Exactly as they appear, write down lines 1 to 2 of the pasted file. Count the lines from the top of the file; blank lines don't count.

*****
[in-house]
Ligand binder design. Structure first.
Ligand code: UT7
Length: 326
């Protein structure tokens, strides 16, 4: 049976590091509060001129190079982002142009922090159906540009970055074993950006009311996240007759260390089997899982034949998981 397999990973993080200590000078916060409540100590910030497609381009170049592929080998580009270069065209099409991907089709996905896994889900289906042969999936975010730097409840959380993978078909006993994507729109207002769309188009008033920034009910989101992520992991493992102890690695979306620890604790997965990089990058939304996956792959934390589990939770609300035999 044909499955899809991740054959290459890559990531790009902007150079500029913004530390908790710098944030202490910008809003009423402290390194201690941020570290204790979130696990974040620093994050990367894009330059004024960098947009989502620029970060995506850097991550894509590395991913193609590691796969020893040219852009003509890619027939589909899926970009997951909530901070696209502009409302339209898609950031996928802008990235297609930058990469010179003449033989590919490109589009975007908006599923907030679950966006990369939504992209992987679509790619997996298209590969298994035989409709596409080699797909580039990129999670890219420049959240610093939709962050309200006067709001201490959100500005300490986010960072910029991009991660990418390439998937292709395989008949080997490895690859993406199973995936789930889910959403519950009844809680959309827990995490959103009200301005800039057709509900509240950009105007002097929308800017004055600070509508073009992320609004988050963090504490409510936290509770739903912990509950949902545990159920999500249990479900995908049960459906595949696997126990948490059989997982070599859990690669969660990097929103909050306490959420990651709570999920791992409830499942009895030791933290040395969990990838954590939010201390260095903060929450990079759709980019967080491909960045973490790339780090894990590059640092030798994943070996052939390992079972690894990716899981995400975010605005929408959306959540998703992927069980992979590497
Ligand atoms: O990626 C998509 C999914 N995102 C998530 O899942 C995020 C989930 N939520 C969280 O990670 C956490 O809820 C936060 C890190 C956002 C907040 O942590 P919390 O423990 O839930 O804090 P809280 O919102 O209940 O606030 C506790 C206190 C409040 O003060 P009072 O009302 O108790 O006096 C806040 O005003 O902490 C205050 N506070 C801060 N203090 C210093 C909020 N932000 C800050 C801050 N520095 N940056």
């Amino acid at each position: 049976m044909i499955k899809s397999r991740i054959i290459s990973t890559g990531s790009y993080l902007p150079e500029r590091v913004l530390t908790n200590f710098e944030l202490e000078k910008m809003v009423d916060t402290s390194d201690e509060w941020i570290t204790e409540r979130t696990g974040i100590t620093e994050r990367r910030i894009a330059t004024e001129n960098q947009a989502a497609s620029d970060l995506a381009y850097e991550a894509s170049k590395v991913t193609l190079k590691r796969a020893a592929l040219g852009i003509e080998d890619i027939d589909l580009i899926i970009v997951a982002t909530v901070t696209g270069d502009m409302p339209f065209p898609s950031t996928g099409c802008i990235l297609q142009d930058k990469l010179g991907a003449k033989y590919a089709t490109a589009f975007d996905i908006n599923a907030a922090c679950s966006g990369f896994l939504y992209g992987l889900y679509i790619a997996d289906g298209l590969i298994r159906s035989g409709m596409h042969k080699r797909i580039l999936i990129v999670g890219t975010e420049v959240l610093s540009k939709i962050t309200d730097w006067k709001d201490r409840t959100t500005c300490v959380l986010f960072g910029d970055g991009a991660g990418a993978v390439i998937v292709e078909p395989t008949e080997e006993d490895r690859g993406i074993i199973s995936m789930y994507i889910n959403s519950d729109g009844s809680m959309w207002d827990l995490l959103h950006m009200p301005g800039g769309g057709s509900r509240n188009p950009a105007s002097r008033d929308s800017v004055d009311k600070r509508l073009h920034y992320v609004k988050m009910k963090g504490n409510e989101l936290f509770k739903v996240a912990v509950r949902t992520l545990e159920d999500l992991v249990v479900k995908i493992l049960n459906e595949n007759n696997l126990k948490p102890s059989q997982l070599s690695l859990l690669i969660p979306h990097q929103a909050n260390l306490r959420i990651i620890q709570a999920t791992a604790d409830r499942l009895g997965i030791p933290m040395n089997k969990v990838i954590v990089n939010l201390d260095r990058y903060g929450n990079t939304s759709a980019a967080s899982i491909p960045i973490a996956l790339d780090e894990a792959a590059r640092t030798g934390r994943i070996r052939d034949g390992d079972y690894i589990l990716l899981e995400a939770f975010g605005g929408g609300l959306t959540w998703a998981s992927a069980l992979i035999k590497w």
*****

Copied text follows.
[in-house]
Ligand binder design. Structure first.